There's plenty of younger ones wanting nights and they won't officially give them. It's the two lots of four over two weeks that's doing me in. I don't recognise myself anymore. I've already been to the GP regarding my menopause which has started so this could be part of managing that. Financially it will kill me no more trips to nyc! It will take some budgeting but if I could do some weekends I should be ok.
Before I retired ( early at 49) , half the staff on the ward I worked on had got occ health on board to get out of night shifts .
So who did them Floralnomad - the people who did not know the Right Strings to Pull or the people who lived up to their obligations?
What is the "recovery time" allotted after nights in your case? That could be a factor.
My neighbour is a nurse in a geriatric unit. She works seven on nights, and seven off. Works for her. She is 53.
Depends on the roster I suppose. I really feel people who work nights need a lot of time to re adjust to daytime.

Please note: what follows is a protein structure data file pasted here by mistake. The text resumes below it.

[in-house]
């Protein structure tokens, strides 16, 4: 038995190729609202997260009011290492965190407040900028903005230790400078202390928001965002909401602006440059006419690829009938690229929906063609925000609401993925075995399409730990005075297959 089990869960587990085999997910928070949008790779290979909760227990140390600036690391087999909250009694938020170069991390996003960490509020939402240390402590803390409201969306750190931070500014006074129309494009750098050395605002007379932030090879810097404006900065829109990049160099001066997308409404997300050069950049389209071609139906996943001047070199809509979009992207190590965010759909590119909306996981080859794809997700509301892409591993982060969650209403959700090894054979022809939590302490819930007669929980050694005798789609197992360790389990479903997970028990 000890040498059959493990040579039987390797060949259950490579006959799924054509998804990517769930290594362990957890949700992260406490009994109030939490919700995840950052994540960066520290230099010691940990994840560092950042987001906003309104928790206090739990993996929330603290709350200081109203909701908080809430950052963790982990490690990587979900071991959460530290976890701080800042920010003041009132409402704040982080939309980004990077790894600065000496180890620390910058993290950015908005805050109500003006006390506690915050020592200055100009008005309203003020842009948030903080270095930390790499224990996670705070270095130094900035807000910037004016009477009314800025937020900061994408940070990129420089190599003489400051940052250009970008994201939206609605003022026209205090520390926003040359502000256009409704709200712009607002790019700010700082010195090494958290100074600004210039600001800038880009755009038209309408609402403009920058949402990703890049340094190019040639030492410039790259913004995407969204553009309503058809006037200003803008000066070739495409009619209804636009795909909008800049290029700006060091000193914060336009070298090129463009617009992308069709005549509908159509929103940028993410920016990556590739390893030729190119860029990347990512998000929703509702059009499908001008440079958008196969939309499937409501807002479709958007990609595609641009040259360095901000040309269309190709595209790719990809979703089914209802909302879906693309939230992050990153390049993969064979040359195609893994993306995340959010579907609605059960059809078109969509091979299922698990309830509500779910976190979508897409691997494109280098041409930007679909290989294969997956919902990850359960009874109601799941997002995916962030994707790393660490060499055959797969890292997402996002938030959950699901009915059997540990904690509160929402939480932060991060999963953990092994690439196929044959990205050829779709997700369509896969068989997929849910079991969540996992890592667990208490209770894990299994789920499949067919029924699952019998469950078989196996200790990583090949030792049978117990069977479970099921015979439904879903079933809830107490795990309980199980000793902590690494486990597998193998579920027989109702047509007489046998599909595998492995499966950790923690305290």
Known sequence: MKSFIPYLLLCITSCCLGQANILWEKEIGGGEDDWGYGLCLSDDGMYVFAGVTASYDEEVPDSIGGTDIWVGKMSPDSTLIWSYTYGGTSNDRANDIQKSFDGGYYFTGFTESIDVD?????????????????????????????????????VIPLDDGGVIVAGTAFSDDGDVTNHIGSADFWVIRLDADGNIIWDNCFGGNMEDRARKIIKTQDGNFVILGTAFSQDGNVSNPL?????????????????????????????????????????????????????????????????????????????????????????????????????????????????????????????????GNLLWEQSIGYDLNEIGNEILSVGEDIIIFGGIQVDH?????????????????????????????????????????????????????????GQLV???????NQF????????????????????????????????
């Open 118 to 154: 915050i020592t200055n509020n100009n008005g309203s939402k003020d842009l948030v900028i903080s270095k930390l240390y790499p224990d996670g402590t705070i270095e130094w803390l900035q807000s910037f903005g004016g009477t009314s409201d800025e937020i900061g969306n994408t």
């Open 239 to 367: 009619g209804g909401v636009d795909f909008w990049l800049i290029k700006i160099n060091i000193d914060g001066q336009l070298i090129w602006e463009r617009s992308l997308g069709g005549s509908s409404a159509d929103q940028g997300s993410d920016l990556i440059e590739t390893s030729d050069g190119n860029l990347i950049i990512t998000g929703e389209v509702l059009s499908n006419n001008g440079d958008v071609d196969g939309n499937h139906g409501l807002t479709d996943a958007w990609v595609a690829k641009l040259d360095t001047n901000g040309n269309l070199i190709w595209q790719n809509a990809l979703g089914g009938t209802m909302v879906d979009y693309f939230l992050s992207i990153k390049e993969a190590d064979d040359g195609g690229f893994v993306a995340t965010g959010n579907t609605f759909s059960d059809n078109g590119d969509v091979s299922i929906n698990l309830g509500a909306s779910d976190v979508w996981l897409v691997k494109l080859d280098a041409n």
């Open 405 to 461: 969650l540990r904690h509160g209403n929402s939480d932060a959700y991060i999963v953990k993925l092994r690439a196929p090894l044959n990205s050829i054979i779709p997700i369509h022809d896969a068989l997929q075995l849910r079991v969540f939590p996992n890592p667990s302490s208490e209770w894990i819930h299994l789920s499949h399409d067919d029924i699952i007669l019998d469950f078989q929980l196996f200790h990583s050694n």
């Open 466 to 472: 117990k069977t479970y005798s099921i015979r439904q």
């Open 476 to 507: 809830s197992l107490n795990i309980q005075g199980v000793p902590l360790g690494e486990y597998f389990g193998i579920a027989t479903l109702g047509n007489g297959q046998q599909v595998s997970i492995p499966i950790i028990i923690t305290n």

It is usually bank staff who cover the nights/ weekends/ lates.
The cost the Nhs is ridiculous.
It is a major reason the Nhs "can't cover shifts", is "understaffed" etc, behind the soundbitten political dogma lies the fact that people do not like working shifts.
The job is 24/7
I'm really sorry to burst people's bubbles here... but it's not quite as simple as tell occupational health and they'll let you do what you want.
If it's negatively impacting on your health, and your GP can present documentary evidence to back this up, then they can make a RECOMMENDATION that you do less or no nights... it's up to your manager to decide if they can reasonably accommodate that on your ward. If they can't or won't because of operational issues, staffing concerns etc then I'm afraid you will have reached a point where you may be out of a job.
Unfortunately many employers are reaching a point where they can no longer meet these requests anymore...
If there's plenty of others who want to do them can't you just swap with them when you receive your off duty? That's what I do as I hate them!
If they are adversely affecting your health then go to occupational health - they will usually try to accommodate, especially if there is a risk that you may go off sick.
Swaps are fine as long as people are free to swap. Free: not expected, pressured, guilt-tripped, bullied, or made to feel unsafe in their jobs if they don't.